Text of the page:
Home Abandoned

Budget Cuts: Detroit Schools

Over the last decade attendance in the Detroit school system has experienced a 50% decline, dropping from over 170,000 students to just 83,000 enrolled. Fifty-nine schools were closed in 2010. In February of 2011, city legislators approved a bill that would close another 70. Despite the closures, there will still be over 70 schools operating in the Detroit School district.

If Detroit didn’t have money to operate the schools, it comes as no surprise the city didn’t have the funds to raze them either. Dozens of abandoned facilities stand vacant around the city, a grim reminder of the declining population and industrial importance of Detroit.


Industrial Decline

What plagues the school district is the same thing that plagues the city of Detroit: the decline of industry. Detroit was once the largest industrial hub in North America; the Big Three automakers owned hundred-acre tracts of land and employed hundreds of thousands of workers.

For the most part, all domestic auto production happened in Detroit. In the early 1950s Detroit was the fourth-largest city in the United States, boasting a population of nearly 2 million residents. From the 1970s until the 1990s the domestic automakers would see their market share drop; increased costs would also see more vehicle production outsourced.

Suddenly the jobs in Detroit started dwindling. So did the population. Since the late 1970’s Detroit has experienced a rare and unique phenomena in modern-day America: consistent negative growth.  Along with the departure of the auto industry, so too did the ancillary businesses close or move away.

Further complicating business in the Motor City were the unions and the mandatory raises and benefits for union members.  This made doing business in Detroit expensive and drove even more business out of Michigan. In 2011 official figures for unemployment are 30%, however the mayor and city officials will readily admit the figure is probably closer to 50%.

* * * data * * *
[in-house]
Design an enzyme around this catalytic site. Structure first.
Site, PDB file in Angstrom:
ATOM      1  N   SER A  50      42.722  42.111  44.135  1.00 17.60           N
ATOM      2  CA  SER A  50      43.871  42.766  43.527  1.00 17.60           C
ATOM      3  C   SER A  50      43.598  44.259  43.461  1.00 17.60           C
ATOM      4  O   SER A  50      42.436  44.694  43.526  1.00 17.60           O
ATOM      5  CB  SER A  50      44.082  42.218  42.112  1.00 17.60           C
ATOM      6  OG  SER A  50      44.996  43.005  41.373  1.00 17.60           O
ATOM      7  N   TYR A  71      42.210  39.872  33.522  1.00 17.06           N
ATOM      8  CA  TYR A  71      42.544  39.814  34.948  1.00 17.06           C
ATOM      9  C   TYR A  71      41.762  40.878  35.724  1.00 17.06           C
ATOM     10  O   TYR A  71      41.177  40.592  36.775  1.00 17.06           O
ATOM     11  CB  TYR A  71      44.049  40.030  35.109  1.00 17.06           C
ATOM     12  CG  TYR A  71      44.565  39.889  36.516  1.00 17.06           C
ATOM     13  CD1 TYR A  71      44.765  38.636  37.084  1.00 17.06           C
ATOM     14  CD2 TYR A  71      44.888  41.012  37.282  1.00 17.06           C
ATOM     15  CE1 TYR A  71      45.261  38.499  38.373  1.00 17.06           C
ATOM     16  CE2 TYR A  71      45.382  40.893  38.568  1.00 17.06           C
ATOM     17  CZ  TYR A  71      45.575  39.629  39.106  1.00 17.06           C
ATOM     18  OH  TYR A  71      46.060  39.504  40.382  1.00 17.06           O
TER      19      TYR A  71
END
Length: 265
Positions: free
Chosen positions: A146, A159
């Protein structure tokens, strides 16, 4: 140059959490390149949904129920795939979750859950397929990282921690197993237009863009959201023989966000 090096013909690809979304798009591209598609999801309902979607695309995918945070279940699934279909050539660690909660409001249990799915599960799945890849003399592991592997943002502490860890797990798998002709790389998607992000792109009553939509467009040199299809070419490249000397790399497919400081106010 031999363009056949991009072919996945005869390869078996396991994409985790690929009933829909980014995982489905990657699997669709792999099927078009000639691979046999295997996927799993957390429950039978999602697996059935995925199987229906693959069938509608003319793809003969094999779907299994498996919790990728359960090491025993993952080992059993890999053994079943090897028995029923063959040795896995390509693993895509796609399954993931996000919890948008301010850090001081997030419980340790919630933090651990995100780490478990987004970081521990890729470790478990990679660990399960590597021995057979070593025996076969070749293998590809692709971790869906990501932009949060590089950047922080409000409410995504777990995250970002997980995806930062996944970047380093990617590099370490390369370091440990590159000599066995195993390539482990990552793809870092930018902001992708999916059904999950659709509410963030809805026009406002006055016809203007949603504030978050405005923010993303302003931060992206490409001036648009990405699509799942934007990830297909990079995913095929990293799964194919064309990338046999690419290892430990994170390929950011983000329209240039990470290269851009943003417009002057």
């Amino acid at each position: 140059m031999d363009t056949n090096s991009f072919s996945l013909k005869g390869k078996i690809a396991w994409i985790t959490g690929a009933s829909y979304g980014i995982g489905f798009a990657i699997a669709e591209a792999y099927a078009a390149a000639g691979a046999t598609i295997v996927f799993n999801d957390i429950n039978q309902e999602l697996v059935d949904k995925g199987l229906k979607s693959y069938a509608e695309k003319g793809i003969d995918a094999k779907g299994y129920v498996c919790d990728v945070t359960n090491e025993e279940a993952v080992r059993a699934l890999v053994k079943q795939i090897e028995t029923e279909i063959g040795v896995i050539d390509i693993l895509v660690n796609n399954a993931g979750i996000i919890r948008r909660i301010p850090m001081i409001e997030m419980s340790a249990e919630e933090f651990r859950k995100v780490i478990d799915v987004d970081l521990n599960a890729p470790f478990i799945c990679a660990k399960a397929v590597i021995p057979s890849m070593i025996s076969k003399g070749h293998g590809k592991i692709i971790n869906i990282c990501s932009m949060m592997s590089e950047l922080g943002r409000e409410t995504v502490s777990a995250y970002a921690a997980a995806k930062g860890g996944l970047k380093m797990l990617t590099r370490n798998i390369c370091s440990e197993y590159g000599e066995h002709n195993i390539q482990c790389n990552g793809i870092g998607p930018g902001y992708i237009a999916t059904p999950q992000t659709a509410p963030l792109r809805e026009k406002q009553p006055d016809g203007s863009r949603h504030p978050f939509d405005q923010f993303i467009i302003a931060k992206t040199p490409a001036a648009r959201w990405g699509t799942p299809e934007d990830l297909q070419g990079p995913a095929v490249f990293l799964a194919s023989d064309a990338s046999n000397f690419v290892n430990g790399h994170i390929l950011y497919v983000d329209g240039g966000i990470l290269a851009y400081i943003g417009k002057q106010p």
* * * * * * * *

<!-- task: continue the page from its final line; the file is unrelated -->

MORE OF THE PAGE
Detroit Schools Today

By 2010 the city population had declined by more than 50% to 714,000. As of 2011, over 33% of Detroit’s residents are below the poverty level – the highest rate in the country.

Even after all the closures and reductions, the Detroit Public School System is still Detroit’s largest single employer with over 13,750 employees. In 2011 the average Detroit teacher salary is $71,000, nearly 20% higher than state average and one of the highest in the country.

Adding to the struggling city’s financial burden: Detroit teachers still get pensions after retirement.

In 2007 the city of Detroit awarded a contract to a maintenance and clean-up firm for the securing, cleaning, and removing of old supplies from the closed schools. Either through oversight or impropriety, work at many of the closed schools was never done.

As with many abandoned buildings left unsecured in Detroit, thieves looking for metal and other valuable construction materials immediately broke in to steal anything of value. Soon after vandals mark their presence with graffiti, and possibly inflict additional physical damage.

Today many of the schools sit just like every other abandoned building in Detroit, cheaper to let rot than properly raze. Fascinating is the fact all the records, files, and sensitive documents were not re-located or stored for safekeeping; in many cases they were abandoned, only to be later strewn about by vandals.

Hundreds of acres of Detroit are completely vacant and run down; large parts of the city sit a shell of its former self. The pride and joy of the 20th century American industrial revolution now watches as the rest of the world passes it by.

abandoned detroit schools**